Urs has always made great books. As a young artist, Kir Royal and Good Smell Make-Up Tree were totally eye opening. His latest book, about five years of his sculptures, blew my mind. Most artists don’t produce in the explosive, tireless way that Urs does. He’s all over the place, but there’s a very natural feeling to his output — nothing is overthought. In Sculptures, you see the variety of themes, materials, and pieces that characterize his endless creativity. Some are giant, some are tiny, some are heavy, some are light, some are whimsical, some are powerful. When I received Sculptures in the mail, I wasn’t thinking it would bring me back to the experience of discovering his other books, but it did. I know how amazing Urs is, but sometimes you lose touch with that. But man, the guy is a fucking beast.  

In a time when so much is disposable and trying so hard to fit into current trends, Marc Armitano Domingo and his ceramics are a breath of fresh air. Marc is the boyfriend of my oldest friend, Ryan McGinley, whom I grew up with in New Jersey. I find it hard to talk about ceramics without talking about Marc. He is like Emily [Bode], in that his work also really feels like it’s from another time. The past, for sure. Marc is much younger than me, but feels kind of like an old soul; he’s also a cellist and plays very Baroque music. His ceramic pieces are delicate, absurd, but all totally functional — I eat meals off of a plate just like this [Editor’s note: Dan’s exact plate, which has a strawberry on it instead of a bee, is currently unavailable]. To look down at your plate and have an experience, not just see some white thing in front of you, is a beautiful thing. I’m actually surprised every time I look at mine.

It’s hard to find words to describe this. Just get it and read it yourself. Matt is an artist; he and I went to college together, and he has had a big influence on my work. I’m not sure there is a better painter out there today, in the classical sense. The paintings he makes now are kind of photo-realist-fantasy, but his art is very hard-core and conceptual. He has chops like John Currin, but uses them to achieve a totally different thing. This book itself is art. It’s a written book that he’ll do readings of from time to time, but I’m pretty sure he’d call it his art and say it exists to be consumed in the same way as his paintings.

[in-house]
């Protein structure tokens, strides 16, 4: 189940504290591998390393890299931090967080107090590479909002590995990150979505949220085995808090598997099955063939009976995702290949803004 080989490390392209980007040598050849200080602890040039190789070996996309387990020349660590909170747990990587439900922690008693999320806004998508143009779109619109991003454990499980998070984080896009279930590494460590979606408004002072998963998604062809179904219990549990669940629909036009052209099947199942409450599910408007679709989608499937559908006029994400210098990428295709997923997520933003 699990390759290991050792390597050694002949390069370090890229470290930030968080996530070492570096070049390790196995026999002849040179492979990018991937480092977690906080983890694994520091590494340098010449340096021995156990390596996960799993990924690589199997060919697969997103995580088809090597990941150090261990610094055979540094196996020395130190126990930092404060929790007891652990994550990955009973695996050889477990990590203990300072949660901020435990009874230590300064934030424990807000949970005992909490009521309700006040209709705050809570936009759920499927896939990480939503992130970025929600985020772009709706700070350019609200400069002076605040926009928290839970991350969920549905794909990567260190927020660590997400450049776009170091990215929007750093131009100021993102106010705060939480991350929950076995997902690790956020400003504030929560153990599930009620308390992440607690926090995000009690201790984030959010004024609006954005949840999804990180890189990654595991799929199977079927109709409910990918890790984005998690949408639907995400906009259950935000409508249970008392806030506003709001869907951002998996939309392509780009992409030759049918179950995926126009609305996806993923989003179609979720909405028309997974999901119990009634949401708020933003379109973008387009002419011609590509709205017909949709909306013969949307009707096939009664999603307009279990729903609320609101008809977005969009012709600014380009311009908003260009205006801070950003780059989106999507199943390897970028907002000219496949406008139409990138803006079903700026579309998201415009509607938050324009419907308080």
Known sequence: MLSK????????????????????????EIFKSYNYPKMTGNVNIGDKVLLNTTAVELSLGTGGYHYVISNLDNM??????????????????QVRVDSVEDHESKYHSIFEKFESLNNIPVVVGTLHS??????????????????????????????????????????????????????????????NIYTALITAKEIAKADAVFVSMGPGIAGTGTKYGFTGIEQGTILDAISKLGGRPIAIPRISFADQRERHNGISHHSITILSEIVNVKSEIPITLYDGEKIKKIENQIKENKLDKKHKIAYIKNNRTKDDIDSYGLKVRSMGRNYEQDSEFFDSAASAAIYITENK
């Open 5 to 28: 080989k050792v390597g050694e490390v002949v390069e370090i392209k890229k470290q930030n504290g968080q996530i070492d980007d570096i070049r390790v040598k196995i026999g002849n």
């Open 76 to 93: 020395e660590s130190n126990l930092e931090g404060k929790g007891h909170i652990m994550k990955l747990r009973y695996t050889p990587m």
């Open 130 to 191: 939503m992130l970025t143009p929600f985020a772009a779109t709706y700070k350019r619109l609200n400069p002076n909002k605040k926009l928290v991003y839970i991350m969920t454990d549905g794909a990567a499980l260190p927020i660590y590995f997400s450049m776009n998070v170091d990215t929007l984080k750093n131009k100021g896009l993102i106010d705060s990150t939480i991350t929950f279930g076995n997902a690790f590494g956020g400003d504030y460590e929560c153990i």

Sky High Farm has a line of apparel that’s all sourced from vintage clothes — Emily Bode actually helped connect me to the right people to find classic stuff like old Fruit of the Loom tees, and Champion and Russell Athletic sweatshirts. Since I started the farm in 2012–13, we have been committed to addressing food security and nutrition by improving access to fresh foods for people living in underserved communities. We grow vegetables and fruits but do proteins too — cows, sheep, chickens, pigs, turkeys. All of it goes to different food banks. As more people got interested in what we are doing, we wanted to find more ways to get people involved — right off the bat, one was to create things that people can buy so that proceeds can go back into the mission. Early on, the idea was to sell actual farm-made products like jams or honey, but as I started to do that, the branding came together — the illustrator Joana Avillez helped me create it all — and we made some great T-shirts, and hats, too. Then I had the idea to reach out to the folks at Dover Street Market, who were immediately very supportive, and we hit the ground running with a new line of T-shirts and sweatshirts that are really for Dover Street. We put some, like this one, on the farm’s website, but the whole project was conceived to be sold in Dover Street Market New York this month during New York Fashion Week. Dover Street will get what it gets, but all proceeds Sky High gets will go back into the farm. The new clothes allow people to get to know some of the organizations — like Project Eats and FeedHV — that the farm works with intimately.

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What Artist Dan Colen Can’t Live Without